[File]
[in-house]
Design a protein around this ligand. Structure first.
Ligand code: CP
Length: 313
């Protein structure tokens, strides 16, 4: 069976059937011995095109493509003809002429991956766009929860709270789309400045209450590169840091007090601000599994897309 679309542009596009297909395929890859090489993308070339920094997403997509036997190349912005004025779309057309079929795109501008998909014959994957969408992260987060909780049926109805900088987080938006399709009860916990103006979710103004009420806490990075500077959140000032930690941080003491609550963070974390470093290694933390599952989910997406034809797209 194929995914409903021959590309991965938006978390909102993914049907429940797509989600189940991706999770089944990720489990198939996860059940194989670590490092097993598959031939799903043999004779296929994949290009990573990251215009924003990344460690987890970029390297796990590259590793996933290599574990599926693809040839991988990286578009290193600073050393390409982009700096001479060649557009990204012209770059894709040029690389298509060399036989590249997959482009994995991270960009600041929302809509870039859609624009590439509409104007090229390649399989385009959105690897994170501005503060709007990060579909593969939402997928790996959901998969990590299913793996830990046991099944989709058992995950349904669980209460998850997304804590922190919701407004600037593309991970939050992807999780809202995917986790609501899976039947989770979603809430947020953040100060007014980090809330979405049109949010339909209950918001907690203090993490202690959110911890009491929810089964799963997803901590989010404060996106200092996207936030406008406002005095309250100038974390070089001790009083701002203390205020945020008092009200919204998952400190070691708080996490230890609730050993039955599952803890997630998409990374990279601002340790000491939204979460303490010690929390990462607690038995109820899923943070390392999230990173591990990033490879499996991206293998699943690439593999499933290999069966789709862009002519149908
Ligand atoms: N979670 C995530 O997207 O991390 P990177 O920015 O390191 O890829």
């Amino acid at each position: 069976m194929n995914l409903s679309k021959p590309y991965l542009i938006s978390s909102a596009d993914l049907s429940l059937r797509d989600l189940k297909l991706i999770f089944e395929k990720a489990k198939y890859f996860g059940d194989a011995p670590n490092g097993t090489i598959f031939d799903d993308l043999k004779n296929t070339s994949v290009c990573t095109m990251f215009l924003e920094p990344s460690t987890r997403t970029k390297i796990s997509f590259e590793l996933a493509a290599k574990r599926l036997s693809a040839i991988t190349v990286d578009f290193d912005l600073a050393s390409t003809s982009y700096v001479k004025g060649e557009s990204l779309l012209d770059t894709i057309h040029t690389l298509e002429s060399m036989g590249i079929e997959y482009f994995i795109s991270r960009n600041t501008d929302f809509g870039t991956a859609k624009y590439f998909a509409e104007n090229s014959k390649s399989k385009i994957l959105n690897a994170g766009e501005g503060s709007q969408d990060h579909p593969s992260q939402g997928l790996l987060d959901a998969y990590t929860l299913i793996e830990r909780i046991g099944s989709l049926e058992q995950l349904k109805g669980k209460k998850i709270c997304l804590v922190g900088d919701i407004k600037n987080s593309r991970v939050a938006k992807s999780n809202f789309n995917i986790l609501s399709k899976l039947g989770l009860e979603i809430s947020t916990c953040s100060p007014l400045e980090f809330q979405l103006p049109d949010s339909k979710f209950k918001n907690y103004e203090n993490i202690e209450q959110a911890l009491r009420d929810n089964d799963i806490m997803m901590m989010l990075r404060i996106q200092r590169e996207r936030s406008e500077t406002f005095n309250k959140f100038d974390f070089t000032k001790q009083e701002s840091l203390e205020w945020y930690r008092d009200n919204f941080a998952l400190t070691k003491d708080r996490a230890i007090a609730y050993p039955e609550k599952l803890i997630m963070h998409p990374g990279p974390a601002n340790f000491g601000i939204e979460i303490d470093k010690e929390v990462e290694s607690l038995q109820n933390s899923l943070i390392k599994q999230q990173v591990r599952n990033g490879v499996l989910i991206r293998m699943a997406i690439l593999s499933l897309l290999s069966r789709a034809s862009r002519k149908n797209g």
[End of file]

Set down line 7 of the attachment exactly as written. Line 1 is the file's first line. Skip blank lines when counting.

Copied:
């Amino acid at each position: 069976m194929n995914l409903s679309k021959p590309y991965l542009i938006s978390s909102a596009d993914l049907s429940l059937r797509d989600l189940k297909l991706i999770f089944e395929k990720a489990k198939y890859f996860g059940d194989a011995p670590n490092g097993t090489i598959f031939d799903d993308l043999k004779n296929t070339s994949v290009c990573t095109m990251f215009l924003e920094p990344s460690t987890r997403t970029k390297i796990s997509f590259e590793l996933a493509a290599k574990r599926l036997s693809a040839i991988t190349v990286d578009f290193d912005l600073a050393s390409t003809s982009y700096v001479k004025g060649e557009s990204l779309l012209d770059t894709i057309h040029t690389l298509e002429s060399m036989g590249i079929e997959y482009f994995i795109s991270r960009n600041t501008d929302f809509g870039t991956a859609k624009y590439f998909a509409e104007n090229s014959k390649s399989k385009i994957l959105n690897a994170g766009e501005g503060s709007q969408d990060h579909p593969s992260q939402g997928l790996l987060d959901a998969y990590t929860l299913i793996e830990r909780i046991g099944s989709l049926e058992q995950l349904k109805g669980k209460k998850i709270c997304l804590v922190g900088d919701i407004k600037n987080s593309r991970v939050a938006k992807s999780n809202f789309n995917i986790l609501s399709k899976l039947g989770l009860e979603i809430s947020t916990c953040s100060p007014l400045e980090f809330q979405l103006p049109d949010s339909k979710f209950k918001n907690y103004e203090n993490i202690e209450q959110a911890l009491r009420d929810n089964d799963i806490m997803m901590m989010l990075r404060i996106q200092r590169e996207r936030s406008e500077t406002f005095n309250k959140f100038d974390f070089t000032k001790q009083e701002s840091l203390e205020w945020y930690r008092d009200n919204f941080a998952l400190t070691k003491d708080r996490a230890i007090a609730y050993p039955e609550k599952l803890i997630m963070h998409p990374g990279p974390a601002n340790f000491g601000i939204e979460i303490d470093k010690e929390v990462e290694s607690l038995q109820n933390s899923l943070i390392k599994q999230q990173v591990r599952n990033g490879v499996l989910i991206r293998m699943a997406i690439l593999s499933l897309l290999s069966r789709a034809s862009r002519k149908n797209g």